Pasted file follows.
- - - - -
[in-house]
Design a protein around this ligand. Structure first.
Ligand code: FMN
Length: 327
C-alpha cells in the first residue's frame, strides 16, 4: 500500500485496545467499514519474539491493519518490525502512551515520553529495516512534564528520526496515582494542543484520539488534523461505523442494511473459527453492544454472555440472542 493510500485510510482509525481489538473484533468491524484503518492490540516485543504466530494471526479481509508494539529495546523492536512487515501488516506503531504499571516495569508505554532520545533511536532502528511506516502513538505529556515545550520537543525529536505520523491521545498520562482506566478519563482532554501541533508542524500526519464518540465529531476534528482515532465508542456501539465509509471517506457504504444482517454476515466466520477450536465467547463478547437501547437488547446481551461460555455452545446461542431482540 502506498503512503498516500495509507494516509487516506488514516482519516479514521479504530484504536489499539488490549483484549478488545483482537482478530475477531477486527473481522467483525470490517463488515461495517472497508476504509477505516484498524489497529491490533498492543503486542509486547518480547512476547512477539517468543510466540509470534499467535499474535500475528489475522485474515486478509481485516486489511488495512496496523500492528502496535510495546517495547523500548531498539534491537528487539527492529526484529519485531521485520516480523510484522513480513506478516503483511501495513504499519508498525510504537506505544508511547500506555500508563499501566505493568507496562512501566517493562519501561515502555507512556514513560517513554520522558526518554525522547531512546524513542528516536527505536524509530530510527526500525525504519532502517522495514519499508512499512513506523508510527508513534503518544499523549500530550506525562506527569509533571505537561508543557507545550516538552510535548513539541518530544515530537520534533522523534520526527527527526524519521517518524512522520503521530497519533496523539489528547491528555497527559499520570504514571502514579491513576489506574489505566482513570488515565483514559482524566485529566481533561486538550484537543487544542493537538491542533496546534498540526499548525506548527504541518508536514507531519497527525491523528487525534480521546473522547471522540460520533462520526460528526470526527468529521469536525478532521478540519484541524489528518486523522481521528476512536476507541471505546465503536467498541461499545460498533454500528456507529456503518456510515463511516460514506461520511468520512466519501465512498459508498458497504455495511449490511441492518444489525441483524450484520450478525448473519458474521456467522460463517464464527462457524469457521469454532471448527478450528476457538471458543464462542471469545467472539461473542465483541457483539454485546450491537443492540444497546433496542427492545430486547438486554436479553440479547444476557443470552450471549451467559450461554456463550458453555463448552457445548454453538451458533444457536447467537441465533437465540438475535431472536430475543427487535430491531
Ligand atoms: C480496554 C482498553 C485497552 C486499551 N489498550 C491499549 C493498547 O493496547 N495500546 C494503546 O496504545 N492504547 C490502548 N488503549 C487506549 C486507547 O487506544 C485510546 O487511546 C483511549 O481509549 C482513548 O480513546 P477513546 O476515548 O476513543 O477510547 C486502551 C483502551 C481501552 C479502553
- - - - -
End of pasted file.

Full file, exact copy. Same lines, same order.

[in-house]
Design a protein around this ligand. Structure first.
Ligand code: FMN
Length: 327
C-alpha cells in the first residue's frame, strides 16, 4: 500500500485496545467499514519474539491493519518490525502512551515520553529495516512534564528520526496515582494542543484520539488534523461505523442494511473459527453492544454472555440472542 493510500485510510482509525481489538473484533468491524484503518492490540516485543504466530494471526479481509508494539529495546523492536512487515501488516506503531504499571516495569508505554532520545533511536532502528511506516502513538505529556515545550520537543525529536505520523491521545498520562482506566478519563482532554501541533508542524500526519464518540465529531476534528482515532465508542456501539465509509471517506457504504444482517454476515466466520477450536465467547463478547437501547437488547446481551461460555455452545446461542431482540 502506498503512503498516500495509507494516509487516506488514516482519516479514521479504530484504536489499539488490549483484549478488545483482537482478530475477531477486527473481522467483525470490517463488515461495517472497508476504509477505516484498524489497529491490533498492543503486542509486547518480547512476547512477539517468543510466540509470534499467535499474535500475528489475522485474515486478509481485516486489511488495512496496523500492528502496535510495546517495547523500548531498539534491537528487539527492529526484529519485531521485520516480523510484522513480513506478516503483511501495513504499519508498525510504537506505544508511547500506555500508563499501566505493568507496562512501566517493562519501561515502555507512556514513560517513554520522558526518554525522547531512546524513542528516536527505536524509530530510527526500525525504519532502517522495514519499508512499512513506523508510527508513534503518544499523549500530550506525562506527569509533571505537561508543557507545550516538552510535548513539541518530544515530537520534533522523534520526527527527526524519521517518524512522520503521530497519533496523539489528547491528555497527559499520570504514571502514579491513576489506574489505566482513570488515565483514559482524566485529566481533561486538550484537543487544542493537538491542533496546534498540526499548525506548527504541518508536514507531519497527525491523528487525534480521546473522547471522540460520533462520526460528526470526527468529521469536525478532521478540519484541524489528518486523522481521528476512536476507541471505546465503536467498541461499545460498533454500528456507529456503518456510515463511516460514506461520511468520512466519501465512498459508498458497504455495511449490511441492518444489525441483524450484520450478525448473519458474521456467522460463517464464527462457524469457521469454532471448527478450528476457538471458543464462542471469545467472539461473542465483541457483539454485546450491537443492540444497546433496542427492545430486547438486554436479553440479547444476557443470552450471549451467559450461554456463550458453555463448552457445548454453538451458533444457536447467537441465533437465540438475535431472536430475543427487535430491531
Ligand atoms: C480496554 C482498553 C485497552 C486499551 N489498550 C491499549 C493498547 O493496547 N495500546 C494503546 O496504545 N492504547 C490502548 N488503549 C487506549 C486507547 O487506544 C485510546 O487511546 C483511549 O481509549 C482513548 O480513546 P477513546 O476515548 O476513543 O477510547 C486502551 C483502551 C481501552 C479502553